# Bowers' operators

Let $m\{p\}n = H_p(m,n)$, the hyperoperation. That is

$m\{1\}n = m + n$

$m\{p\}1 = m \text{ if } p \ge 2$

$m\{p\}n = m\{p-1\}(m\{p\}(n-1)) \text{ if } n \ge 2 \text{ and } p \ge 2$

Invented by Jonathan Bowers, the first operator is $\{\{1\}\}$ and it's defined:

$m\{\{1\}\}n = m\{n\}m$

The number inside the brackets can change. If it's two

$m\{\{2\}\}1 = m$

$m\{\{2\}\}2 = m\{\{1\}\}(m\{\{2\}\}1)$

$m\{\{2\}\}3 = m\{\{1\}\}(m\{\{2\}\}2)$

$m\{\{2\}\}4 = m\{\{1\}\}(m\{\{2\}\}3)$

Thus, we have

$m\{\{2\}\}1 = m$

$m\{\{2\}\}2 = m\{m\}m$

$m\{\{2\}\}3 = m\{m\{m\}m\}m$

$m\{\{2\}\}4 = m\{m\{m\{m\}m\}m\}m$

Operators beyond $\{\{2\}\}$ can also be made, the rule of it is the same as hyperoperation:

$m\{\{p\}\}n = m\{\{p-1\}\}(m\{\{p\}\}(n-1)) \text{ if } n \ge 2 \text{ and } p \ge 2$

The next level of operators is $\{\{\{*\}\}\}$, it to $\{\{*\}\}$ behaves like $\{\{*\}\}$ is to $\{*\}$.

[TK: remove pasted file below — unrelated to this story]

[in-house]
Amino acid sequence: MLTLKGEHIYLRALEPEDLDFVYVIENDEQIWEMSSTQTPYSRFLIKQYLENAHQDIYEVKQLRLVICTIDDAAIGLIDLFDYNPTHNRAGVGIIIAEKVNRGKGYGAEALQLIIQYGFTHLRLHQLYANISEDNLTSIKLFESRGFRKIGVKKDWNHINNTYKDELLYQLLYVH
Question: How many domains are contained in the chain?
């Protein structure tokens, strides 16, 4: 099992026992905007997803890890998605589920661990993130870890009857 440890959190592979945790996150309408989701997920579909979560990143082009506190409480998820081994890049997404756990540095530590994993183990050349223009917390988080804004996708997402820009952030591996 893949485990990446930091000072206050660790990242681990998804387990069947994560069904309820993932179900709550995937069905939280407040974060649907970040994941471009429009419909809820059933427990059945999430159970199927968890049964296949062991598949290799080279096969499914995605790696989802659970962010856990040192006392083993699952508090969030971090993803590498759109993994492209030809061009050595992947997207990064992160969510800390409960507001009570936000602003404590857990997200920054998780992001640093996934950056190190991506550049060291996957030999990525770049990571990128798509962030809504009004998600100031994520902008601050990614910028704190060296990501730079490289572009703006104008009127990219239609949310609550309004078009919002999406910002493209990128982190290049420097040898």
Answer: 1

For every fixed positive integer $q$, there is an operator $m\{\{...\{\{p\}\}...\}\}n$ with $q$ sets of brackets. The domain of $(m, n, p)$ is $(\mathbb{Z}^+)^3$, and the codomain of the operator is $\mathbb{Z}^+$.

Another function $\{m, n, p, q\}$ means $m\{\{...\{\{p\}\}...\}\}n$, where $q$ is the number of sets of brackets. It satisfies that $\{m, n, p, q\} = \{m, \{m, n-1, p, q\},p-1, q\}$ for all integers $m \ge 1$, $n \ge 2$, $p \ge 2$, and $q \ge 1$. The domain of $(m, n, p, q)$ is $(\mathbb{Z}^+)^4$, and the codomain of the operator is $\mathbb{Z}^+$.

Numbers like TREE(3) are unattainable with Bowers' operators, but Graham's number lies between $3\{\{2\}\}63$ and $3\{\{2\}\}64$.[1]

## References

1. Elwes, Richard (2010). Mathematics 1001: Absolutely Everything That Matters in Mathematics in 1001 Bite-Sized Explanations. Buffalo, New York 14205, United States: Firefly Books Inc. pp. 41–42. ISBN 978-1-55407-719-9.CS1 maint: location (link)<templatestyles src="Module:Citation/CS1/styles.css"></templatestyles>